Just as I thought, getting the work permit was like a firing pistol going off. Things have started to change already. But before that, I’ll fill in the gaps from the last posting.
The Catch-22 I spoke of regarding Pam’s inability to get a work permit at the border has to do with the prerequisites to getting the permit. You can get a Work Permit as a Skilled Worker immigrant or as the spouse of someone who is accepted as one. You can also, if you’re a person who is trained in one of the fields named by the NAFTA agreement (and has the diploma to prove it), get a work permit immediately with no questions asked. However, if you are the recipient of an HRSDC Opinion, as I was, the spousal work permit doesn’t apply. Apparently, as the fellow at the border said “The Government’s opinion regarding a Non-Canadian working here is not necessarily for a skilled position. It could be for someone working in a Donut Shop.” While this may sound reasonable, consider that if it’s a non-skilled position, the probability of finding a Canadian to fill it is pretty good. Maybe I’m missing something, but by definition, an HRSDC opinion is for a skilled worker, because unskilled workers would never get one in their favour!
At any rate, after we returned, Pam went to our Immigration Lawyer’s office, and filled out some more forms, which will get her the work permit in 6 weeks or so. If she gets a job offer for full-time employment (not a contract, because that’s classified as Self-Employment and hence, a different category — Doh!), she can then also immediately start working. So it’s only a temporary setback. If the guy at the border had realized that all she had to do was fill out some other paperwork, we could have done the whole thing right then and there.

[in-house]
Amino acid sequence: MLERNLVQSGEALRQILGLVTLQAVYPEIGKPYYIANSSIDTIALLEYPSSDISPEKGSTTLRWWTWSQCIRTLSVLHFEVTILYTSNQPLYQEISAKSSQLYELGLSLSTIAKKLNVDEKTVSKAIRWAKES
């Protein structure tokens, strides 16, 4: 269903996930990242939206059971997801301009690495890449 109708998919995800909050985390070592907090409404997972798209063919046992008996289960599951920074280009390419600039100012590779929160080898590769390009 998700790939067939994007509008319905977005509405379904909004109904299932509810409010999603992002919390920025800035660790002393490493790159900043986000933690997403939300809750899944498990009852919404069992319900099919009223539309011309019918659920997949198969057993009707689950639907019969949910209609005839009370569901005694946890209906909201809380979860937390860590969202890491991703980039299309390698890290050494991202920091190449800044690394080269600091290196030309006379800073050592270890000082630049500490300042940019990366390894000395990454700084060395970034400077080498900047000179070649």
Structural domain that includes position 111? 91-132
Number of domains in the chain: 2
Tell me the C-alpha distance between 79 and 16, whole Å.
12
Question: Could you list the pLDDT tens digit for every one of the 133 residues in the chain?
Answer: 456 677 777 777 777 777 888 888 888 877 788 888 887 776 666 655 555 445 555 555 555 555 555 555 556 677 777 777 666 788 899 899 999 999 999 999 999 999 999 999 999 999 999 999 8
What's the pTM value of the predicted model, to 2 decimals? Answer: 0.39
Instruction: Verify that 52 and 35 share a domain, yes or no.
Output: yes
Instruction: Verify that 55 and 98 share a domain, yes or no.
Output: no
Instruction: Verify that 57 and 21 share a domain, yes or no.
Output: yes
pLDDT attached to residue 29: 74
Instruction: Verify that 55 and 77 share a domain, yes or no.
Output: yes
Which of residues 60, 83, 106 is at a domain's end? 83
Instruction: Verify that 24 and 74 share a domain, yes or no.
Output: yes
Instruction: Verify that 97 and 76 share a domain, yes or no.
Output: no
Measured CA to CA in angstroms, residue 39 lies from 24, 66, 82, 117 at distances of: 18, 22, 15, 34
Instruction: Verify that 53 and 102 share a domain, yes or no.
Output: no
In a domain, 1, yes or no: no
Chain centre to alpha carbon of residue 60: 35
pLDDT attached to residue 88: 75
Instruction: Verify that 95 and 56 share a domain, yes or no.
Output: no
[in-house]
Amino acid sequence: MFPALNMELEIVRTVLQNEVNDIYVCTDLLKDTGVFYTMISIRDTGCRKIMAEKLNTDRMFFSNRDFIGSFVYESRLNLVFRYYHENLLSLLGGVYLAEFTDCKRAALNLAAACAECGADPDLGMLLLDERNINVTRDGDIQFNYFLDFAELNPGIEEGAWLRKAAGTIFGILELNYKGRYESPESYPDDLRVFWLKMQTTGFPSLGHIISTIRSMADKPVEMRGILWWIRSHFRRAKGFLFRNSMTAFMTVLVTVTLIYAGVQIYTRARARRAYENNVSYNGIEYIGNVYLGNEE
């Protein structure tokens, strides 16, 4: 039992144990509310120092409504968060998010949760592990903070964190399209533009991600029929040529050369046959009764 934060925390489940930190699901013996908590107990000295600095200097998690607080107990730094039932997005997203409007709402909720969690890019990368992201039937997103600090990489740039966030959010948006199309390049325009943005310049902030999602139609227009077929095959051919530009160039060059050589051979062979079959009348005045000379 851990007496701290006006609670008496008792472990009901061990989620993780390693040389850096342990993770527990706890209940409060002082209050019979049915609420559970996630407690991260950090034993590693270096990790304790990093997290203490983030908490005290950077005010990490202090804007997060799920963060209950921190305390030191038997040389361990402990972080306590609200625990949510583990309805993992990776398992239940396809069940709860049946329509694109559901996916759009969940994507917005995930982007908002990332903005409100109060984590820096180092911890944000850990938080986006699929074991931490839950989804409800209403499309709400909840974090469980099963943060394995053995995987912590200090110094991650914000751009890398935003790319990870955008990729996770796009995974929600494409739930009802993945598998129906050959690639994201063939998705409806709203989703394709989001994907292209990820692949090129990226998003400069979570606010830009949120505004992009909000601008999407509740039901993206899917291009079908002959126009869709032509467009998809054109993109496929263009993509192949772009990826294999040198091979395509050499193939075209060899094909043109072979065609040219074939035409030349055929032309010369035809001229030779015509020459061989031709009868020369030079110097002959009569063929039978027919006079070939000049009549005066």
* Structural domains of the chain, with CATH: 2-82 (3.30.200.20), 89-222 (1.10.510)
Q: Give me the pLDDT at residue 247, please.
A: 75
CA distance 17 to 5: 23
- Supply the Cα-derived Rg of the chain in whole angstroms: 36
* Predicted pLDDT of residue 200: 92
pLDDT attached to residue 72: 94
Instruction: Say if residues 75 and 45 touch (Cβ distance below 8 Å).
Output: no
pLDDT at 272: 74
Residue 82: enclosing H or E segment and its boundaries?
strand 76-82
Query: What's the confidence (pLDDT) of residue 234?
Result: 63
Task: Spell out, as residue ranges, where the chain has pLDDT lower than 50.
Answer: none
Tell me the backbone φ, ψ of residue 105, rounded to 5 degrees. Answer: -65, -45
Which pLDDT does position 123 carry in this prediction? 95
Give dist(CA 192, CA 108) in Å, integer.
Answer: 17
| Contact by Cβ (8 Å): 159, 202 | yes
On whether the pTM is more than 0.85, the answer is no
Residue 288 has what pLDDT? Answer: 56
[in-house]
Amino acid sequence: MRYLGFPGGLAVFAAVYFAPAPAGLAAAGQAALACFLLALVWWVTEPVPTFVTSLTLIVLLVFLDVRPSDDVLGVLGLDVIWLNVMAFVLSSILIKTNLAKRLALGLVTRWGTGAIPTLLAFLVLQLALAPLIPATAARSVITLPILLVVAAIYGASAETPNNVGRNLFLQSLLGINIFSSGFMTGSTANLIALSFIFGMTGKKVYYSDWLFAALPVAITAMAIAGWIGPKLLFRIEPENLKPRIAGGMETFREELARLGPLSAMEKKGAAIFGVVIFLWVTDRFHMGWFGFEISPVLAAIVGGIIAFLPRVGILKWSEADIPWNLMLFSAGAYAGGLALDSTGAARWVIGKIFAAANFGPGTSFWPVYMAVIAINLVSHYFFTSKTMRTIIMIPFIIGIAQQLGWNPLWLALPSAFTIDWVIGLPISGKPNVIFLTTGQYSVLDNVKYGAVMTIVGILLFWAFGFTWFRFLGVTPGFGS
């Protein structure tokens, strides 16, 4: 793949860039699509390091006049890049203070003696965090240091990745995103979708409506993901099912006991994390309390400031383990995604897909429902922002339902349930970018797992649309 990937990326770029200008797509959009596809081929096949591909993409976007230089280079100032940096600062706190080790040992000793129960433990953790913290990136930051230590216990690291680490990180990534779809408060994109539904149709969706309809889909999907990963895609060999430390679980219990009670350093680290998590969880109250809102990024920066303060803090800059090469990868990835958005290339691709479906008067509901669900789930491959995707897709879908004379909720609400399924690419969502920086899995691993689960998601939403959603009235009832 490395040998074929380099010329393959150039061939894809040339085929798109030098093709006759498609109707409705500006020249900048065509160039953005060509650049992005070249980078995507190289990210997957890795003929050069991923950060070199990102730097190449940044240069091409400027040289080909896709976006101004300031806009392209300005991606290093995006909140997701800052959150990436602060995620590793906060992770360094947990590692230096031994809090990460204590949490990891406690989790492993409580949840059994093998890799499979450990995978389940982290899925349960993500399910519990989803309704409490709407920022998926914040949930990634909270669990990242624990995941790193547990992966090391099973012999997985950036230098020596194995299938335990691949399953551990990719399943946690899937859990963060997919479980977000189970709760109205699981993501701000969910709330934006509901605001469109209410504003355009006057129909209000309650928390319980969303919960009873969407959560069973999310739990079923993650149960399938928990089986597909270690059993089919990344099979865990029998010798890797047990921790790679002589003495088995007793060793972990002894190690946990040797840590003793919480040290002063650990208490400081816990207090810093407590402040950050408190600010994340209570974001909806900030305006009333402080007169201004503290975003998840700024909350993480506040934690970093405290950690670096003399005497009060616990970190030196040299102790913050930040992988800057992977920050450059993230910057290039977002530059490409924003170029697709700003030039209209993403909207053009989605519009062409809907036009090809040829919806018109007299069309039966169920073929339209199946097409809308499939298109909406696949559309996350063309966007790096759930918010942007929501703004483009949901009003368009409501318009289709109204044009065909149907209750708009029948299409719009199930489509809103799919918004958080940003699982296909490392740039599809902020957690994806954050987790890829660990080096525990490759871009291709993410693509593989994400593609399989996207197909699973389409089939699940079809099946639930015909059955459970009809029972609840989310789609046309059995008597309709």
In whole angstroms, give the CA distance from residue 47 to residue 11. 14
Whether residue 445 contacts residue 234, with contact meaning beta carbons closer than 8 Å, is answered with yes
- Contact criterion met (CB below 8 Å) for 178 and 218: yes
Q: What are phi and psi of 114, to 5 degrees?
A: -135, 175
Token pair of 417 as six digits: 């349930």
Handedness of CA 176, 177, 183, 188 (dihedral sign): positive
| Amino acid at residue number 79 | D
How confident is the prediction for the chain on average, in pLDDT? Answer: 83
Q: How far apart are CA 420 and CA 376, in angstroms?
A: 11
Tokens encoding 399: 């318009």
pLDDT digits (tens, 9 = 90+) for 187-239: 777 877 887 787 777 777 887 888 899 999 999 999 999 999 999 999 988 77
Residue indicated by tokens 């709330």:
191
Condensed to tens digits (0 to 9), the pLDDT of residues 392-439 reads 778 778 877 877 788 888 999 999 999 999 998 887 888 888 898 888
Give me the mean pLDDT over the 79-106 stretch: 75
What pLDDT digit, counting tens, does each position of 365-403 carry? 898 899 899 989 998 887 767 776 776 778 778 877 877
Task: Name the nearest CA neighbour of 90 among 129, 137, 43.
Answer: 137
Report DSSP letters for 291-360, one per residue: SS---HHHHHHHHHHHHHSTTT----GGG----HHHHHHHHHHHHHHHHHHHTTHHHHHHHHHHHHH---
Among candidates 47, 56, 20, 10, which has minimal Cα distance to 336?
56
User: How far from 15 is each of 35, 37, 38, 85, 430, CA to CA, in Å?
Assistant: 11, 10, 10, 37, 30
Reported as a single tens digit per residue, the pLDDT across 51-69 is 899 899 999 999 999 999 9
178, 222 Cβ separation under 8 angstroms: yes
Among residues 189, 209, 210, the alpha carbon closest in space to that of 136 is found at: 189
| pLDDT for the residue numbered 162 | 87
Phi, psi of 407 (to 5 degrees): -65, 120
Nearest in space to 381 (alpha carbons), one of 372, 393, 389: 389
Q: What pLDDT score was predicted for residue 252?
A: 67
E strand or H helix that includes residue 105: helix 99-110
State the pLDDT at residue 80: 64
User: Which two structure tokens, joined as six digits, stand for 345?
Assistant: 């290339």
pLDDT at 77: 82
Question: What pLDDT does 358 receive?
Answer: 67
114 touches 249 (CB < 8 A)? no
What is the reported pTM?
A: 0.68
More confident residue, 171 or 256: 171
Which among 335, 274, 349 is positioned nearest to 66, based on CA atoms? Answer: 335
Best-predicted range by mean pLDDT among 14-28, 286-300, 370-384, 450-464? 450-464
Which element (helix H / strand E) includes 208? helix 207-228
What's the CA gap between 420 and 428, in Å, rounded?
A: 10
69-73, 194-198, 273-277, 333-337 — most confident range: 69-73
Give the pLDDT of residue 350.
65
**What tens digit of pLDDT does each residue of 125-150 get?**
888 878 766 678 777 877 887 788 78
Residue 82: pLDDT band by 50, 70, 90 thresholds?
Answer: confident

We had no problems whatsoever getting Driver’s Licenses for BC, though. The Department of Motor Vehicles — here it’s called called Driver’s Services (interesting how it’s explicitly named to serve people who drive the cars rather than the machinery itself) was well-run and not too crowded. The person who served us was helpful, had a sense of humor and got everything right the first time. We took some brief eye tests, had some pictures taken, and walked out with temporary ones. We’ll get the new licenses in a week or two. Although renewing our licenses did get better over time in Boston, I still have memories (as do many Americans) of the poor reputation for the DMV. Perhaps this is another example of what taxes can pay for. On the other hand, we arrived home to find our first biannual Property Tax bill. Fortunately, it’s not due until early February, so we’ll pay it from one of my early paychecks.
Finally, I called my future employer, and they want me to start in my new job this coming Monday. My life of leisure (and burning through our savings) is ending. I’m thrilled to be getting back to work, and hoping that I’m not too rusty. It’s been 10 months, which is about as long out of the workforce as I’ve been since I entered it. I’m also looking forward to setting more roots down here. Here’s to being a working Vancouverite.